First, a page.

Here's who gets hit hardest at tax time

Jason Litzau, left, is hit with a right punch in the face by Hylon Williams during their bout in the season two finale of NUVOtvÕs Knockout at Foxwoods Resort Casino on August 16, 2015 in Mashantucket, Connecticut. The match ended in a draw.
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You've sent off your 2015 tax return to the IRS, enclosed a check or asked for a refund, and crossed taxes off your to-do list for the year.

But you're not done yet.

Americans will still have to work until April 24 to earn enough money, on average, to pay what they collectively owe Uncle Sam this year, according to the Tax Foundation, a tax policy research group.

Some will get off relatively easily, though, and others will have to work even longer to make enough to pay what they owe in taxes. When you factor in what you pay in state and local taxes, a lot depends on where you live.

A taxpayer in Louisiana, where the tax burden per person is among the lowest in the country, will have earned enough, on average, to have paid their tax federal, state and local bills by April 2. In New Jersey and Connecticut, two of the highest-taxes states per capita, you'll have to keep working until May 13 to earn enough to pay your taxes.

This year, the group estimates that Americans will pay $5 trillion on federal, state and local taxes — or about 31 percent of the nation's income.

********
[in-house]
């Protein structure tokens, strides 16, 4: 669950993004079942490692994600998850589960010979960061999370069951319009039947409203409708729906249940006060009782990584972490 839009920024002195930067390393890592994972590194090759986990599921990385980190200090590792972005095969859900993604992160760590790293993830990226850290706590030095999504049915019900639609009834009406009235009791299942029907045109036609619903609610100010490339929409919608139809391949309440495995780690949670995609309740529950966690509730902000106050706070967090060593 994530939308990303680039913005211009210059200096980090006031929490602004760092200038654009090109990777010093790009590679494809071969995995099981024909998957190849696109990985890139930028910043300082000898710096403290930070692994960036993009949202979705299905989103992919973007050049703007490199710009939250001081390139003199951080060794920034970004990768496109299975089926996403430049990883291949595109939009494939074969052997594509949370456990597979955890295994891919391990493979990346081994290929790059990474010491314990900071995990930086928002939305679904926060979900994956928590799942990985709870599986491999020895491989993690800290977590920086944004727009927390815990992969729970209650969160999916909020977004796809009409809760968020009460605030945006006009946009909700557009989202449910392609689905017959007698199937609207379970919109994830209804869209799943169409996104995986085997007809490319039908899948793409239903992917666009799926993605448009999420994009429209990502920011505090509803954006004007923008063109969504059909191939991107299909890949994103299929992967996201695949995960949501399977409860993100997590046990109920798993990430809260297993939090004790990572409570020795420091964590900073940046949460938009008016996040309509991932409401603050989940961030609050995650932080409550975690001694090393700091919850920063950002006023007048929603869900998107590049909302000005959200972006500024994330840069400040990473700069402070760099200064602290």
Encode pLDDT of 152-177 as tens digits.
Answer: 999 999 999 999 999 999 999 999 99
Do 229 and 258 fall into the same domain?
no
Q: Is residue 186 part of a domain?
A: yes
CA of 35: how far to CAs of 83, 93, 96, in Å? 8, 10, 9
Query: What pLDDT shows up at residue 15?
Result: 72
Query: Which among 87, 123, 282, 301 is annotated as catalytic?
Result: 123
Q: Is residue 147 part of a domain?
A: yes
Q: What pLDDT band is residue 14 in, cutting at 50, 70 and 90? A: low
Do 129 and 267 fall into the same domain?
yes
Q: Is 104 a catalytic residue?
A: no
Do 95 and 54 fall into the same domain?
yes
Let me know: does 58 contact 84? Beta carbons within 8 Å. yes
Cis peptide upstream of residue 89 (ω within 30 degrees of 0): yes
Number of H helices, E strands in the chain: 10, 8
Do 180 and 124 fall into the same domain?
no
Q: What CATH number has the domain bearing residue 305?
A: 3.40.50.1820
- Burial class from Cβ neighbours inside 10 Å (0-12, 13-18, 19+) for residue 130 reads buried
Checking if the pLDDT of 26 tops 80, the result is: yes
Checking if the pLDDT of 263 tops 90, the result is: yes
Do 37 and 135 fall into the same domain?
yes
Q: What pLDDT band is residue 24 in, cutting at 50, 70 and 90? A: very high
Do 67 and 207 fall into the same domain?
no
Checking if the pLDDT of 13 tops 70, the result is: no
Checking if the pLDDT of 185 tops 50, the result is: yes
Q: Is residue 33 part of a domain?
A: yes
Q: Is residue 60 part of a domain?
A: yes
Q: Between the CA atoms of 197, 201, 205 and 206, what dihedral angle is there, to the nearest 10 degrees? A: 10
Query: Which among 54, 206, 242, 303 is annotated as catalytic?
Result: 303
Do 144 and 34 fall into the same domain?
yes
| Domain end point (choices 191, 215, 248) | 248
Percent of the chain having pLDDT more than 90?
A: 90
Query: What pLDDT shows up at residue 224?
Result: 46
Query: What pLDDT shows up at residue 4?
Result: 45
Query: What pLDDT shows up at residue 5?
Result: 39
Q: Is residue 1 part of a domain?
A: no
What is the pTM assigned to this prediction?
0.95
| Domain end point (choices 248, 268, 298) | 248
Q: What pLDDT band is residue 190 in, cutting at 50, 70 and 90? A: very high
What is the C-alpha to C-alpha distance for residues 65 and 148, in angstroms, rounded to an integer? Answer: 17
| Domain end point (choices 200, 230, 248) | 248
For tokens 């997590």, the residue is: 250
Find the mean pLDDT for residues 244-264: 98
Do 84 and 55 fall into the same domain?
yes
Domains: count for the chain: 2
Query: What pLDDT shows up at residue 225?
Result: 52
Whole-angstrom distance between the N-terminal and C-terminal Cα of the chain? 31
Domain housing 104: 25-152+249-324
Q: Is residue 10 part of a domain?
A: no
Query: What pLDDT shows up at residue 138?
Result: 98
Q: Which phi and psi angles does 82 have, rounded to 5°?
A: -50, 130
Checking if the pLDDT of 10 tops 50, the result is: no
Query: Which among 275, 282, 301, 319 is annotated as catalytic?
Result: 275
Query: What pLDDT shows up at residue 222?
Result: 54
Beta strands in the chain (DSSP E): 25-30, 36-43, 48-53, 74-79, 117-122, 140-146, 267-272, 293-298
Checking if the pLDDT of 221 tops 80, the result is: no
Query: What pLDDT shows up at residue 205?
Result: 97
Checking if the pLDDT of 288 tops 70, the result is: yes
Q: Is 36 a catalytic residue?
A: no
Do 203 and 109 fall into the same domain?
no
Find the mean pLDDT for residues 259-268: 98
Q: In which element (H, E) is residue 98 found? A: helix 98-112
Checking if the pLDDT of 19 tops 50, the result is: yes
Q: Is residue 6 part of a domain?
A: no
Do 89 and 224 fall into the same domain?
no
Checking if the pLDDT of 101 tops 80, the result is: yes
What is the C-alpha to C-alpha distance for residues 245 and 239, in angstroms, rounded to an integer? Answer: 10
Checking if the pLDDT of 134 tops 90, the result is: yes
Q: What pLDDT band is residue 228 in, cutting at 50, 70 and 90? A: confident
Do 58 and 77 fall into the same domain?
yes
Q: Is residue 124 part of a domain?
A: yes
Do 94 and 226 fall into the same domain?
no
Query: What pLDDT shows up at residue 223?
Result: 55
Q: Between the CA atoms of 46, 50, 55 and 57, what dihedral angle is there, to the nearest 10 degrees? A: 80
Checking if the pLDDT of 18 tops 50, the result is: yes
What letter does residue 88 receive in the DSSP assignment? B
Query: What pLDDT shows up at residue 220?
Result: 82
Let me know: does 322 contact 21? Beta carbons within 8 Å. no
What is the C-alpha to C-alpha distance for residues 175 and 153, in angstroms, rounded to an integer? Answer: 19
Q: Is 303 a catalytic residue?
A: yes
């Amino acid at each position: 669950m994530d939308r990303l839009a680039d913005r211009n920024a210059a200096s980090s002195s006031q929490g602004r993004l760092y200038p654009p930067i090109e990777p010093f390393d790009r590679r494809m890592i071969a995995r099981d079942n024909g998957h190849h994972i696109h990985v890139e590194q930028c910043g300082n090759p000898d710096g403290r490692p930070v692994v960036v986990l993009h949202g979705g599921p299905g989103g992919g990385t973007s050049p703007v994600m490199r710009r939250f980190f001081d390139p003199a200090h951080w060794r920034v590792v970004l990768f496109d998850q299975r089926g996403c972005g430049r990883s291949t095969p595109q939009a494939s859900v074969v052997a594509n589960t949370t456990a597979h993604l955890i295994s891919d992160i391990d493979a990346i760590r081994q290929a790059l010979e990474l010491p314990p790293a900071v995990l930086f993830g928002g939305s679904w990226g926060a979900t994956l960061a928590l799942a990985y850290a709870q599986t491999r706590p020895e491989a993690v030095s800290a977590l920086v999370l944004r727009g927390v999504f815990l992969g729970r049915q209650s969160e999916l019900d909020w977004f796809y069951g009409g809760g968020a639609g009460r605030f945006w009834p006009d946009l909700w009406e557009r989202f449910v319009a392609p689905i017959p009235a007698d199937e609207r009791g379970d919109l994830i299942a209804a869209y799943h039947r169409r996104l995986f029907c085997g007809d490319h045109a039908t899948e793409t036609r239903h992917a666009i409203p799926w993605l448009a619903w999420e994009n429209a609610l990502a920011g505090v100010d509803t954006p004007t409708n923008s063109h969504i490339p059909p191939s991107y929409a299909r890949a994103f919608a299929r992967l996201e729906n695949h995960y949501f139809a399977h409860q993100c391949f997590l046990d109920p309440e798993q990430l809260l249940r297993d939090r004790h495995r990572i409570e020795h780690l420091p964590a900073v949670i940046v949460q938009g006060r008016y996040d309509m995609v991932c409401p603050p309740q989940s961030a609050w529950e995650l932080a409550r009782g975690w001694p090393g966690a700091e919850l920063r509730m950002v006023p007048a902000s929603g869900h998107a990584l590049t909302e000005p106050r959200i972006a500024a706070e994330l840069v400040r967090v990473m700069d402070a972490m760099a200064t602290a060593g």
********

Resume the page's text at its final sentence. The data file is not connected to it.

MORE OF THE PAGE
To be sure, individual tax burdens can vary widely, depending on how much you make and how you earn your living. Some taxpayers will work well into the summer before they've made enough to pay their taxes. Others, including those who qualify for an earned income tax credit, were likely done before the groundhog saw his shadow.

Residents of Connecticut pay the highest federal, state and local taxes in the country — some $7,869, on average, per person, according to the latest data from the Tax Foundation. (That's likely because the state also had the highest per-capita income at $64,864.)

Here's a closer look at where you federal tax dollars go.

Your tax burden also comes in many different forms, depending on your state's tax structure. In Oregon, for example, some 40 percent of the state's revenues come from individual income taxes. Seven states (Alaska, Florida, Nevada, South Dakota, Texas, Washington and Wyoming) collect no income tax. But those states lean more heavily than others on sales and property taxes to pay government expenses.

At the federal level, individual income taxes make up the largest share — nearly $1.4 trillion — of Uncle Sam's revenues. Social Security and corporate taxes are the next biggest categories.